$$\begin{aligned} P_{\mathrm {d}}(n_{\mathrm {pe}}) = 1 - \mathrm {exp}\left( -n_{\mathrm {pe}}\right) . \end{aligned}$$

At high mean photoelectrons per pulse, \(P_{\mathrm {d}}(n_{\mathrm {pe}})\) tends towards 1. But at low mean photoelectrons per pulse, which is typical of single photon counting SLR, \(P_{\mathrm {d}}(n_{\mathrm {pe}})\approx n_{\mathrm {pe}}\). The frequency of detected returns \(f_{\mathrm {d}}\) at these levels is therefore directly proportional to the laser pulse repetition frequency \(f_{\mathrm {p}}\):

$$\begin{aligned} f_{\mathrm {d}} = f_{\mathrm {p}}\,n_{\mathrm {pe}}. \end{aligned}$$

As described in Eqs. 1 and 3, ranging at very high repetition rates (100s of kHz) can be used to compensate for larger losses in the SLR system. For example, a decrease in pulse energy \(E_\mathrm {T}\) can be compensated by an increase in repetition frequency \(f_{\mathrm {p}}\), yielding in result the same amount of received return photons \(f_{\mathrm {d}}\). It should be noted that an increase in laser repetition rate will usually also increase the noise rate of the system by the same amount. However, the sensitivity of the system will nevertheless improve with increasing \(f_{\mathrm {p}}\), usually by a factor of \(\sqrt{f_{\mathrm {p}}}\) (for more detail, see Sect. 2.3).


The single shot precision of an SLR system can be estimated by convolving the impulse responses of the components which make up the system. If we assume that all of the impulse responses are Gaussian and independent of each other, then the single shot precision can be estimated by summing the standard deviation of the individual uncertainties in quadrature (adapted from [6]):

$$\begin{aligned} \sigma _{\mathrm {single}} = \sqrt{\sigma ^{2}_{\mathrm {L}} +\sigma ^{2}_{\mathrm {D1}} + \sigma ^{2}_{\mathrm {D2}} + \sigma ^{2}_{\mathrm {ET}} + \sigma ^{2}_{\mathrm {S}}}, \end{aligned}$$

where the \(\sigma\) terms are the standard deviations of the following: \(\sigma _{\mathrm {L}}\) is the time uncertainty due to the laser pulse form (related to the pulse duration), \(\sigma _{\mathrm {D1}}\) is the time uncertainty due to the precision of the start detector, \(\sigma _{\mathrm {D2}}\) is the time uncertainty due to the precision of the stop detector, \(\sigma _{\mathrm {ET}}\), the time uncertainty in the response of the event timer and \(\sigma _{\mathrm {S}}\) is the impulse response of the target which is being ranged.

When many single measurements are combined, the overall precision of a normal point \(\sigma _{\mathrm {np}}\), is related to the number of measurements, N, in the following way:

$$\begin{aligned} \sigma _{\mathrm {np}} = \frac{\sigma _\mathrm {single}}{\sqrt{N}}. \end{aligned}$$

The number of measurements N is itself directly proportional to the rate of returns \(f_{\mathrm {d}}\) during the observation, therefore increasing pulse repetition frequency by a factor of \(\varDelta {f_{\text {p}}}\) results in an improvement in the precision of \(\sqrt{\varDelta {f_{\text {p}}}}\). Thus, it can help to achieve highly precise measurements despite larger uncertainties in some of the contributing terms.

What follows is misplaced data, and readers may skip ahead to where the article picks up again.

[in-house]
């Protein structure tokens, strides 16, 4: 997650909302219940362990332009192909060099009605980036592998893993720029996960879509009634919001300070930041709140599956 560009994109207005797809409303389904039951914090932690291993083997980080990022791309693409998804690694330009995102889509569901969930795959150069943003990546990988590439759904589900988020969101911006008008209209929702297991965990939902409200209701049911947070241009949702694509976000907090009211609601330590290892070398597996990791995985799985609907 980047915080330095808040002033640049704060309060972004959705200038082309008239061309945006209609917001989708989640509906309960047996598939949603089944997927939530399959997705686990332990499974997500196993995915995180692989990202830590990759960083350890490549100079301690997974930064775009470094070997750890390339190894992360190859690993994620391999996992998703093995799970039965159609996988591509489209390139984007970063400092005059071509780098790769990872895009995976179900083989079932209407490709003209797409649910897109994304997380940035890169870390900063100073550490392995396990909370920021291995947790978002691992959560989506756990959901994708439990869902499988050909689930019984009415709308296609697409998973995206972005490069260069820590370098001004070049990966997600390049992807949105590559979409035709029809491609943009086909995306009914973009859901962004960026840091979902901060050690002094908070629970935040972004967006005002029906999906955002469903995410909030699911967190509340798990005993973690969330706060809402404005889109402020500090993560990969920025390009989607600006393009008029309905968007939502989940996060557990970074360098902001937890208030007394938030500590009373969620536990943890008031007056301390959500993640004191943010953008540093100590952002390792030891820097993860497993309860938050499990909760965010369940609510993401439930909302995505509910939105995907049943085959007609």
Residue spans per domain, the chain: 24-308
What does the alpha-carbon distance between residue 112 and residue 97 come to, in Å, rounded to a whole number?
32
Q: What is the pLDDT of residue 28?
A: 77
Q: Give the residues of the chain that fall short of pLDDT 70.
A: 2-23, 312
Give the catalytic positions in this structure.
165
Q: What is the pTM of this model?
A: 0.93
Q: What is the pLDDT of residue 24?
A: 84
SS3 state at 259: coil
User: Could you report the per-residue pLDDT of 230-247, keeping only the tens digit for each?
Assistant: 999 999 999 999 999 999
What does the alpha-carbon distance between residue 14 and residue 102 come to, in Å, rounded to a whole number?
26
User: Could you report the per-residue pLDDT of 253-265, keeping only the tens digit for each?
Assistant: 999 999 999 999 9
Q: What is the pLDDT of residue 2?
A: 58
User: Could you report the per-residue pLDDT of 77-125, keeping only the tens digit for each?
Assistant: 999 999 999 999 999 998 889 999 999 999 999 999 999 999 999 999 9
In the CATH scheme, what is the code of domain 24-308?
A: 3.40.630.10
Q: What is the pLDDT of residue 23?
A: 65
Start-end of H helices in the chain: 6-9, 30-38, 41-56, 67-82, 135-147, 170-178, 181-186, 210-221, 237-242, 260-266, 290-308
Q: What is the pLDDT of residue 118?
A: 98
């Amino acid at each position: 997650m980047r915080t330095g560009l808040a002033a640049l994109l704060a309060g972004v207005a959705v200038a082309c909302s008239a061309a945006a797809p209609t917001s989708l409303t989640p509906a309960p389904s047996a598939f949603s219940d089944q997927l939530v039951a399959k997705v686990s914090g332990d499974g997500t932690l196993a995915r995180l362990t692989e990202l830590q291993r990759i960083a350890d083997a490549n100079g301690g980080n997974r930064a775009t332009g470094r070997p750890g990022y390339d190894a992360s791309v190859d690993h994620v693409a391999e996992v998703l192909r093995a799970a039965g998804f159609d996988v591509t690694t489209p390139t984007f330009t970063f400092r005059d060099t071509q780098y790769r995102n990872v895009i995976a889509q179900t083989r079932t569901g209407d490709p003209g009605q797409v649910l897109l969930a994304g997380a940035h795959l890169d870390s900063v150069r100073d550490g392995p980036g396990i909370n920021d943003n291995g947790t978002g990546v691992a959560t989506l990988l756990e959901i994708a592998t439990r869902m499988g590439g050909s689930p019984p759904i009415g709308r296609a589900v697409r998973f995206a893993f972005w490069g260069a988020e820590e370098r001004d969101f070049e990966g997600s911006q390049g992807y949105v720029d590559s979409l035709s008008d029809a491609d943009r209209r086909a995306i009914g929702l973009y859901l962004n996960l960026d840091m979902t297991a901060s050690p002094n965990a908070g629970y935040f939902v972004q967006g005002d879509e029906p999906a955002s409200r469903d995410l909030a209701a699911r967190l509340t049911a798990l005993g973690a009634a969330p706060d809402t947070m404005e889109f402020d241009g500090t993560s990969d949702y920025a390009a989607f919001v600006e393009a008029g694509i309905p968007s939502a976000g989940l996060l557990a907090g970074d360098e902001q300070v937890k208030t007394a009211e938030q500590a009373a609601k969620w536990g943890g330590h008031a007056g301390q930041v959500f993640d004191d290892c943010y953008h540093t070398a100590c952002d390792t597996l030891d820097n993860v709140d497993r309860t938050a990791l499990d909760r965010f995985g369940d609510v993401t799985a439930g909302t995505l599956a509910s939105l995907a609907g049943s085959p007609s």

It should be noted that increasing N will only reduce the statistical (rather than the systematic) error of the measurement. Regular calibration measurements to monitor the stability of all involved devices are of the same importance as in traditional sub-kHz SLR systems.


Using very high repetition rates enables the use of lasers with nanosecond pulses and/or low pulse energies. With this, several new approaches to SLR become viable. Among other possibilities, some technologies which are of interest are:

  1. 1.

    On-mount compact lasers:

    Modern compact lasers typically are small and stable enough that they can be mounted directly to the telescope mount, instead of using a coudé path to direct the light from the laser to the transmitting optics [7]. The downside to these lasers is that they are typically only capable of providing low pulse energies. Equation 1 shows that the detection rate is linearly dependent on the pulse energy, since this determines the number of photons emitted per pulse. Increasing the pulse repetition rate would therefore allow an equivalent reduction in pulse energy for no overall change in detection rate, making this type of laser viable for SLR.

  2. 2.

    Optical fibre-coupled transmitters:

    The use of a coudé path can also be avoided by coupling the transmitting optics to the laser source with an optical fibre [8]. This configuration has several benefits over on-mount lasers: the orientation of the laser stays constant throughout operation, the laser optics are not exposed to the weather and the design is simple enough that it can be used to convert existing telescopes to SLR stations without much modification. Fibre-coupled SLR is conducted using relatively long duration pulses to reduce the peak power of a pulse and avoid damage to the optical fibre. An increase in pulse duration deteriorates the precision of the laser (\(\sigma _{\mathrm {L}}\) in Eq. 4) and so deteriorates the single shot precision. As shown previously (Eq. 5), the lower single shot precision can be compensated by increasing the pulse repetition rate.